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Articles by Wondmeneh Esatu
Total Records ( 3 ) for Wondmeneh Esatu
  Getachew Bekele , Gebeyehu Goshu , Aberra Melesse , Wondmeneh Esatu and Tadelle Dessie

Background and Objective: The first phase of characterization of indigenous chicken involves the identification of population based on morphological descriptors that can also provide useful information on the suitability of breeds for selection. The study was conducted to characterize on-farm phenotypic and morphological features of indigenous chicken population in selected districts of Gambella regional state, Ethiopia. Materials and Methods: Both purposive and random sampling techniques were used to collect the data and assessed through a semi-structured questionnaire survey. Data on visual appraisal and linear body measurements were obtained from a total of 600 matured local chickens of both sexes taken from 384 households. Linear body measurements were analyzed using the generalized linear model procedures. Results: The majority of the male chickens possessed red plumage color (30.5%) and most of chicken populations had single combs (80.84%), plain head shape (96.5%), yellow shanks color (85.34%) and feathered Shanks (1.67%). The male chickens were generally heavier (1.38 kg) than the female chickens (1.16 kg). The mean for body length, shank length, keel bone length, wingspan, wattle length, comb length and comb height of the cocks were 39.76, 10.19, 11.66, 65.77, 3.44, 5.28 and 2.15 cm, respectively. Conclusion: Variation in qualitative traits such as plumage color, feather distribution, comb type, earlobe color, shank feather, head shape and shank color indigenous chickens were evaluated in the study areas. The dominant plumage colour of the cocks was red followed by black and Gebsima (greyish with varying mixture) with other colors and in hens brown color followed by black and white.

  Berhanu Bekele , Aberra Melesse , Wondmeneh Esatu and Tadelle Dessie

Objective: This study was conducted to determine the relationship between live body weight and linear body measurements and to establish a model for predicting body weight using linear body parameters of the indigenous chickens of Ethiopia. Materials and Methods: A total of 520 adult chickens (130 males and 390 females) were randomized from three agro-ecologies (120 from lowland, 200 from midland and 200 from highland). Body parameters including beak length, body length, breast circumference, comb length, ear lobe length, shank circumference, shank length, wattle length and wingspan were measured using flexible measuring tape. Data were analyzed using SAS and SPSS. Results: Agro-ecology had significant effect (p<0.05) on body length, live body weight, breast circumference, shank circumference, shank length and wingspan. In indigenous chickens, the strong, positive and significant (p<0.05) correlation of body weight with breast circumference, body length and shank length indicate that, these variables could provide a good estimate in predicting body weight of chicken. Body length, chest circumference and shank length showed highest R2 (0.599, 0.517 and 0.382), respectively. This indicates that 59.9, 51.7 and 38.2% of body weight variation in indigenous chicken of Ethiopia depends on body length, breast circumference and shank length, respectively. Equivalently, linear measurements with highest R2 imply that they could be the best predictors of body weight of indigenous chickens in Ethiopia. Live body weight had significant (p<0.05) association with the linear body measurements; body length, chest circumference, shank length and wingspan to which the model has been subjected. Therefore, multiple linear regression model relating body weight and linear body measurements of Ethiopian indigenous chicken is Ŷ = -0.949+0.039BoL+0.037SL+0.026BC+0.006WS. Conclusion: Body length, shank length and breast circumference can be used to predict body weight of Ethiopian indigenous chicken compared to the other linear body measurements.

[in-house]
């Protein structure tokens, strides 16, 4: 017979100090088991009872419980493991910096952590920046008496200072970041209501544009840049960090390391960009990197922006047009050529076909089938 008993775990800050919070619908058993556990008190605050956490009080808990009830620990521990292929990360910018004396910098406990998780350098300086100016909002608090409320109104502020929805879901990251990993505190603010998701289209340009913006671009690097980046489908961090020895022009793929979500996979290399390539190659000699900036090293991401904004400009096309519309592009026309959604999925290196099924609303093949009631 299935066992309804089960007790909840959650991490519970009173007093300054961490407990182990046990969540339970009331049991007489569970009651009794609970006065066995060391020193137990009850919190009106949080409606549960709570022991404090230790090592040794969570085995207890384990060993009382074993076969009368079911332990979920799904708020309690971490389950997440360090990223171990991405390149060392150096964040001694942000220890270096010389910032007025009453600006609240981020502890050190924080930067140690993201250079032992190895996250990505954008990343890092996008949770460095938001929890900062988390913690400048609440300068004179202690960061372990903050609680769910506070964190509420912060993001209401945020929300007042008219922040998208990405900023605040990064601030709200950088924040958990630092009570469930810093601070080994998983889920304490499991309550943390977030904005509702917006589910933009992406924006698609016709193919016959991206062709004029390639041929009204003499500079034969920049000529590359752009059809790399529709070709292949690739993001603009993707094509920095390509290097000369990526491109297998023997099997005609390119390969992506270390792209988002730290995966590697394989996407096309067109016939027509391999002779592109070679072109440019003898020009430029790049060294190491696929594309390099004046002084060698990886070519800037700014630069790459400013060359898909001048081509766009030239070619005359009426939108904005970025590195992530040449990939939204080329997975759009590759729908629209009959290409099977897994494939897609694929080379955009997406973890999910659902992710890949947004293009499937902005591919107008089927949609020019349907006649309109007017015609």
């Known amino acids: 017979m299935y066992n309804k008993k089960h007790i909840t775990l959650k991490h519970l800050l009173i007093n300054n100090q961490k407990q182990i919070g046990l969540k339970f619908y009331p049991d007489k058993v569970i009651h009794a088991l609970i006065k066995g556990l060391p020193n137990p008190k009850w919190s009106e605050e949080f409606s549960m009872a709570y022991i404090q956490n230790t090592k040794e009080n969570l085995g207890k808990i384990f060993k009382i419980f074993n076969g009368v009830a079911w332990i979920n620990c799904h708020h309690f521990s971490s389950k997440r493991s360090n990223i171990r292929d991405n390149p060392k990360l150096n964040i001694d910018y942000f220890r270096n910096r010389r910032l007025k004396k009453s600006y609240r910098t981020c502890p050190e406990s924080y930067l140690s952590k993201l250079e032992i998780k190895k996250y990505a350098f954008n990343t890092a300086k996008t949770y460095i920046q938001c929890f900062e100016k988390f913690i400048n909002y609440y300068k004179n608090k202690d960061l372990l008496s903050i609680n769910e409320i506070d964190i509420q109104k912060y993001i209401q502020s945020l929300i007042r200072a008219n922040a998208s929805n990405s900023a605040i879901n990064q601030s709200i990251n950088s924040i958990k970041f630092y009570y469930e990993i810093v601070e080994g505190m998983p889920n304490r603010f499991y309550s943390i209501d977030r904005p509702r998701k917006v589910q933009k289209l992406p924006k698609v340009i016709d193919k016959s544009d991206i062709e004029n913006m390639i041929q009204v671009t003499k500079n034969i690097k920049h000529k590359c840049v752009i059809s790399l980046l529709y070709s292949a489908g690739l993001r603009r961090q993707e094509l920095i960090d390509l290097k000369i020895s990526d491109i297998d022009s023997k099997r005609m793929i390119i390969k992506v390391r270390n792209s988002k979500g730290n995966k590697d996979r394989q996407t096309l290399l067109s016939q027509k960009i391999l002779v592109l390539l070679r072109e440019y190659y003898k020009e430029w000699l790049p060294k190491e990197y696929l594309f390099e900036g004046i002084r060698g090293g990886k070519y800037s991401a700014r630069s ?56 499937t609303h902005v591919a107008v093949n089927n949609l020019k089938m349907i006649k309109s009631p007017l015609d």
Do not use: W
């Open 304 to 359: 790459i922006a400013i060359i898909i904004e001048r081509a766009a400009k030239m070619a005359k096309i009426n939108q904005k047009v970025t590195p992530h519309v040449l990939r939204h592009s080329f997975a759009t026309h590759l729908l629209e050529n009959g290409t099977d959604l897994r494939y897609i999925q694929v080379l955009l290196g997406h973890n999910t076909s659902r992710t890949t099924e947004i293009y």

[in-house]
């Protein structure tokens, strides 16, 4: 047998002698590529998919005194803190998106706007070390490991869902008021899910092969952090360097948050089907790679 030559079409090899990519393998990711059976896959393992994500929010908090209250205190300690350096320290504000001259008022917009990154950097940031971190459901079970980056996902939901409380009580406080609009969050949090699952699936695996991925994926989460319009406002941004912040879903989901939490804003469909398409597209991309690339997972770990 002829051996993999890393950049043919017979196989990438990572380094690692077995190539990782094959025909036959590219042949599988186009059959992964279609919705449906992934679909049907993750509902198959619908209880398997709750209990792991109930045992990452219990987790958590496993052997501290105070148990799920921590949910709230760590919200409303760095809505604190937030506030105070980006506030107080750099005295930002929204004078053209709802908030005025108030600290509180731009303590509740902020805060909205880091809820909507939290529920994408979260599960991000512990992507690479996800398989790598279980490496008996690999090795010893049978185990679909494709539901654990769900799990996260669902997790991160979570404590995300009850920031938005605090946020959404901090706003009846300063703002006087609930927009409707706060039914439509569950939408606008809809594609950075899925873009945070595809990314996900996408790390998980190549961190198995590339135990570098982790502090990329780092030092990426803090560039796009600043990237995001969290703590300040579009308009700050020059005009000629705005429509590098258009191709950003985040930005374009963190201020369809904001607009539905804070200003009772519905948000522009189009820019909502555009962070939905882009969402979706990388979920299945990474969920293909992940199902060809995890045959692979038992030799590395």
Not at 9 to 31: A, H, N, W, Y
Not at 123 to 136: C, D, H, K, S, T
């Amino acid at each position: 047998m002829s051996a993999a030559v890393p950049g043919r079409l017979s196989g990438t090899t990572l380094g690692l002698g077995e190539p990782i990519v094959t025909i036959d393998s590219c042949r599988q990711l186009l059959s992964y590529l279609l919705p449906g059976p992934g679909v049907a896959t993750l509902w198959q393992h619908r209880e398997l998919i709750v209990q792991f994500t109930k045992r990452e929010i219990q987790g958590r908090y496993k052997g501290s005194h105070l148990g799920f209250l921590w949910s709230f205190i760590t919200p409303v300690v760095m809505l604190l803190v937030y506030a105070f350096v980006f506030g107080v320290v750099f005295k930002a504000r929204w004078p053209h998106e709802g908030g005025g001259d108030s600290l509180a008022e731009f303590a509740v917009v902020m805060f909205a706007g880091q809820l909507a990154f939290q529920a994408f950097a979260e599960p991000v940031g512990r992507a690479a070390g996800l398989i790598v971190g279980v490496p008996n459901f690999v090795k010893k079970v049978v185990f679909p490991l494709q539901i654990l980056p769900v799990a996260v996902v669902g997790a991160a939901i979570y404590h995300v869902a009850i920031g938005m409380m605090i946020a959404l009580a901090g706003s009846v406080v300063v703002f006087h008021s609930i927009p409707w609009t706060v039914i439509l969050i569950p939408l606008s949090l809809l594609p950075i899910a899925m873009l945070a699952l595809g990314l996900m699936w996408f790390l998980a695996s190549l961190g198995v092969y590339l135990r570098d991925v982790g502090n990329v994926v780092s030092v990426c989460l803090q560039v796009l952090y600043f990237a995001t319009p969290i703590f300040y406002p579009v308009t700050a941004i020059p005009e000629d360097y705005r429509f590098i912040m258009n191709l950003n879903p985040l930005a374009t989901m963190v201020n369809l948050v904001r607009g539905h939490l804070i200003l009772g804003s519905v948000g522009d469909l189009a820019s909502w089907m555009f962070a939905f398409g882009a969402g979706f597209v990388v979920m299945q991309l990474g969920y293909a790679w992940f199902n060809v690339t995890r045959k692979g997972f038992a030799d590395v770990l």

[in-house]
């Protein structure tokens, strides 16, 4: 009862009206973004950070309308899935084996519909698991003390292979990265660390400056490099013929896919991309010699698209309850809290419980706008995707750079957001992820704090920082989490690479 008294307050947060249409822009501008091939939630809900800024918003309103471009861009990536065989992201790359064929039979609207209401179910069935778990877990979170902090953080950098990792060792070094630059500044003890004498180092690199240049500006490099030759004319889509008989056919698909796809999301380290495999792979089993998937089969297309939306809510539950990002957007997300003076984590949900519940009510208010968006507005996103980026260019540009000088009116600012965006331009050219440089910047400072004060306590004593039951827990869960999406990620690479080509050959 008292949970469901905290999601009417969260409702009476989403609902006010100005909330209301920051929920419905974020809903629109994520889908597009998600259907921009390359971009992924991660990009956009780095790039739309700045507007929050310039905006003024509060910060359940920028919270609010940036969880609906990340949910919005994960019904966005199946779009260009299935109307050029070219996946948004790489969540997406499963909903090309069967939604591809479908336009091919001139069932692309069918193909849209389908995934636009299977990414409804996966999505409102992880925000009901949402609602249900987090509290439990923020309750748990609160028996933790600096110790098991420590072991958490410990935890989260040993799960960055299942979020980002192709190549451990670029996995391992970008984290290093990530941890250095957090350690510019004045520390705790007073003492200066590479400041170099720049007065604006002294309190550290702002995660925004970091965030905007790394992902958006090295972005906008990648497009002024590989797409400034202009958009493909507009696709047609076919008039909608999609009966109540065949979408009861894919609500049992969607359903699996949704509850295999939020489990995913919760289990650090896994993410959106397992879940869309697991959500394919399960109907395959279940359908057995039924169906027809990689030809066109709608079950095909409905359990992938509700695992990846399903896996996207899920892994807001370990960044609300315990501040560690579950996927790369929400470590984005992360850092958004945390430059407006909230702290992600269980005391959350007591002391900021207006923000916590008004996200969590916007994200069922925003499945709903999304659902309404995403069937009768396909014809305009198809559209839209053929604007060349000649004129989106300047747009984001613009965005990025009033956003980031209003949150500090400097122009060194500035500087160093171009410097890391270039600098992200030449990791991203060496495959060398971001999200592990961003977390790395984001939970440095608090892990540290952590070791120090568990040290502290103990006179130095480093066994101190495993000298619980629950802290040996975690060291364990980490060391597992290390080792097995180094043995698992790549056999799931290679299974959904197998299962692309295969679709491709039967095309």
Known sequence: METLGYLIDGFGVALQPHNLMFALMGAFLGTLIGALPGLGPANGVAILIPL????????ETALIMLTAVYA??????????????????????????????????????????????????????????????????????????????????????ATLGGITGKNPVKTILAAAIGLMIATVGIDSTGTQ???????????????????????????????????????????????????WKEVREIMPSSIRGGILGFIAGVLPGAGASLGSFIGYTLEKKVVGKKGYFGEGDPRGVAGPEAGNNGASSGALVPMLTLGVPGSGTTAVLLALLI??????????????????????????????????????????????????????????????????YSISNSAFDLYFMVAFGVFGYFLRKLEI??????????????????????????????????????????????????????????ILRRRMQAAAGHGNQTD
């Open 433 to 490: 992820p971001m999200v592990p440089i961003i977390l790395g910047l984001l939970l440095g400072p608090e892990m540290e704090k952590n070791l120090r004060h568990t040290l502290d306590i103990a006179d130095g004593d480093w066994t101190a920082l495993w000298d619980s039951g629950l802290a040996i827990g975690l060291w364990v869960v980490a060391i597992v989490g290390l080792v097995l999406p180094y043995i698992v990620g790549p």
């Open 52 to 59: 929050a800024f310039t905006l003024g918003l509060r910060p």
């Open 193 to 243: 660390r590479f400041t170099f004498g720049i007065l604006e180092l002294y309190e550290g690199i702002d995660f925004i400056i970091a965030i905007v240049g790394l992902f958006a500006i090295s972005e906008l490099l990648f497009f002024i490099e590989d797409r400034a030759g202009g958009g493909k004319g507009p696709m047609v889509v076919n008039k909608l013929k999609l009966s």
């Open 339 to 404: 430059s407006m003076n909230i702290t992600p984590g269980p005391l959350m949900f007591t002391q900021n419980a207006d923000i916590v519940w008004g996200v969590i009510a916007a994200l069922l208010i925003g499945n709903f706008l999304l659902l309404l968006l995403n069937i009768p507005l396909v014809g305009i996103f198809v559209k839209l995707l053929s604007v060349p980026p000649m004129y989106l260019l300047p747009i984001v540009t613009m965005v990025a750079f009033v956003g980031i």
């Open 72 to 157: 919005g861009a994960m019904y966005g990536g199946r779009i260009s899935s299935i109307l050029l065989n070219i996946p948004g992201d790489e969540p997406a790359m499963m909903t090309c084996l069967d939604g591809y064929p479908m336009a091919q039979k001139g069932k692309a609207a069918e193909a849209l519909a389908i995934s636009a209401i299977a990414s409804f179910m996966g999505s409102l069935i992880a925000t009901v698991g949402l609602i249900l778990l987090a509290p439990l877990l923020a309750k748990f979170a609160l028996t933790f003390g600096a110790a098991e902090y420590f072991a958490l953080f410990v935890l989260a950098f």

Mekonnen Girma , Mahendra Pal , Tadelle Dessie , Wondmeneh Esatu , Wondu Mamo and Simenew Keskes
  A cross sectional study was conducted on 384 chicken raised under traditional management system in four villages of Bishoftu area using Haemagglutination Inhibition (HI) test for the detection of antibodies against Newcastle Disease (ND) virus in serum samples collected from chickens with no history of vaccination and apparently healthy during December 2011 to April 2012. An overall sero-positive rate of 23.4% was recorded in this study. The differences in sero-prevalence however, were not significant (p>0.05) among village, sex, age, flock size, feeding system, source of chicken and contact with wild birds. However, housing system had a significant difference (p<0.05) on sero-prevalence rate of the disease. The fact that most of the chicken originated from village had low HI titer (about 54.4%, ≤2 log2) warrant the need to systematic consideration for disease prevention strategy in the village chicken. Detailed further study on ND virus strain identification, a survey of major poultry diseases and improved management packages should be devised.
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